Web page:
Dragon Ball Z: Sagas is a third-person beat-'em-up that valiantly attempts to distill nearly 200 episodes worth of cartoons into a mere 20 levels. Fans and non-fans alike will appreciate the game's slick presentation, which rushes players through a recap of the entire animated series by combining a constantly changing cast of playable characters with nearly 60 minutes of full-motion video. Unfortunately, the underlying game itself is a disappointment. The levels are so short that the game is over before you know it, and, to make matters worse, the beat-'em-up aspects are so underdeveloped that you probably won't have any desire to play through it again once you do finish it.
Each of the game's 20 different levels puts players in control of one of the 10 different Z warriors. Initially, you'll start out playing as Goku from the beginning of the Saiyan saga. As you play through subsequent levels, however, you'll get the chance to control characters such as Gohan, Vegeta, Trunks, Brolly, and so on. Once you beat the game, you'll unlock an option that allows you to play through ANY level with ANY character–which is a nice bonus when you think about it.
The best thing about Sagas is that it does a superb job of recapping what happened in the cartoons. Each level has a different set of enemies and a unique boss character waiting at the end. Meanwhile, all of the various plot twists and character changes are explained in detail by narrated full-motion video segments that interrupt the game at frequent intervals. The developer borrowed actual footage from the cartoons to put together these segments and hired the same narrator to do the voice-overs.
Surprisingly, even though Sagas is packed with FMV and contains 20 separate levels, you won't need much time at all to breeze right through it. The majority of levels only have two or three small stretches of land leading up to the boss area, and boss fights don't typically last longer than a couple minutes. The average player can easily finish the game in under 90 minutes.
In all likelihood, you'll be bored to tears for all 90 of those minutes. Most levels present the player with one group after another of carbon-copy enemies (usually saibamen or androids), which need to be dispatched in order to move on to the next area. Every character has the same basic moves (punch, kick, block, flight) and roughly the same set of a half-dozen combo attacks and Ki techniques. Stock enemies don't put up much of a fight, so you don't have to do anything more than press the punch button six times to dispatch them. Due to laggy recovery times, it's not a good idea to get cute with the various combos anyway. Some bosses are weak to particular combo attacks and Ki blasts, and will dole out major damage if you try to hurt them any other way. Figuring out those weaknesses does pose a little bit of challenge, but most players will figure out exactly what to do before eating up more than a quarter of the health meter.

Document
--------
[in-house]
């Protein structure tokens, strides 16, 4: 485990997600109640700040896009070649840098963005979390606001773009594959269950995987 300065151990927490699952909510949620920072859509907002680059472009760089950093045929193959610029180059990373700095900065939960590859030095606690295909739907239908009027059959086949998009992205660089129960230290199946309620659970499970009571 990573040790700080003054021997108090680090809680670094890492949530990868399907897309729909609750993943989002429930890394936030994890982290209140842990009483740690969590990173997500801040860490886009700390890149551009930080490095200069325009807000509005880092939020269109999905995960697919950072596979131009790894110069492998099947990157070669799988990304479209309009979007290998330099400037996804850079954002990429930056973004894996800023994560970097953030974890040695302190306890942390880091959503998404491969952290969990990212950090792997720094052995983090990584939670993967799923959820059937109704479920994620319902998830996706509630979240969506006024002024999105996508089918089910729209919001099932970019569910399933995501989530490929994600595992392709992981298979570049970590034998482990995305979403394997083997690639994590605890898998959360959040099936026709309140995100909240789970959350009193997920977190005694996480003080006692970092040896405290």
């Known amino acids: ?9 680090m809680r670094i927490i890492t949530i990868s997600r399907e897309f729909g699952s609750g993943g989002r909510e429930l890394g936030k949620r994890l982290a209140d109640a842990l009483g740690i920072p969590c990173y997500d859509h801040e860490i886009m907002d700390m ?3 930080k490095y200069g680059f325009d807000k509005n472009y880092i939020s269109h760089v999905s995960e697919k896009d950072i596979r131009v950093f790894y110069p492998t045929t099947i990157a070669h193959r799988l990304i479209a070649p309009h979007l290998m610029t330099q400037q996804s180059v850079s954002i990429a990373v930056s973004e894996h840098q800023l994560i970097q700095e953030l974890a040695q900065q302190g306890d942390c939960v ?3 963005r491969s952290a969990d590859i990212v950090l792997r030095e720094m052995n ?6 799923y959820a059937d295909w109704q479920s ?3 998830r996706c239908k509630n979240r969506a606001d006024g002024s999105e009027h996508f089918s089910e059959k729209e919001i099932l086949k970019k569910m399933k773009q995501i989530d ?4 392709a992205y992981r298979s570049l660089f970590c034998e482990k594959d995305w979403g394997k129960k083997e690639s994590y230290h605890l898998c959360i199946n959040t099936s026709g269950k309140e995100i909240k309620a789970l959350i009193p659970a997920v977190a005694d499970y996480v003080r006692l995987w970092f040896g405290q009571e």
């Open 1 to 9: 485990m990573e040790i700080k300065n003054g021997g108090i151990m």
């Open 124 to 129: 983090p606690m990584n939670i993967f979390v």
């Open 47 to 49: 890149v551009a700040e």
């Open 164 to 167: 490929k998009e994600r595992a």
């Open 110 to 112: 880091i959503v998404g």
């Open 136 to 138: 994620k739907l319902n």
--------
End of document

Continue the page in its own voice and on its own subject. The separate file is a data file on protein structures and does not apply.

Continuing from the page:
A number of different play aspects are poorly implemented or just flat out broken. The developers tried to add more variety to the game by allowing players to buy new attacks and combos using the Z tokens scattered throughout the levels, but these extra attacks are no more useful than the defaults. They also don't look all that interesting, so it's not like buying them all makes the game more exciting either. As for broken aspects, the flight ability is the most glaring example. There are no limitations placed on its use, which wouldn't be so bad if the enemies were any good at aiming their projectile attacks or attacking in an upward direction. They're not, however, which means you can simply hover and pelt them with Ki bolts without fear of retaliation. The two-player co-op feature is also broken, in a manner of speaking. The game throws out an extra enemy or two here and there, but doesn't give the enemies or bosses a boost when it comes to health or strength. Because of that, the game is ridiculously easy when a second player joins in.
At least the graphics and audio are decent. Everything has a cel-shaded look to it, but the technique isn't used to excess. The animation lines that outline the trees, rocks, and buildings in the environment are pretty thick, as are the ones that outline the various explosions and dust-plumes that erupt after certain attacks, but the lines surrounding the characters are thin and understated. It's a good balance. The characters look just like they do in the cartoon and they move with a reasonable sense of fluidity. Many objects in the environment, such as rocks and shrubs, can be destroyed, and you can put cracks in rock faces and buildings by hurling enemies into them. As for the audio, the music and voice effects are ripped right out of the TV show, and the sound effects are loud (although the same ones are re-cycled constantly).
Most people should stay far away from Dragon Ball Z: Sagas. It's worth a rental if you want to get up to speed on the cartoon really fast. Otherwise, there are better beat-'em-ups out there. Certainly, there are better Dragon Ball games out there (see DBZ: Budokai 3 ).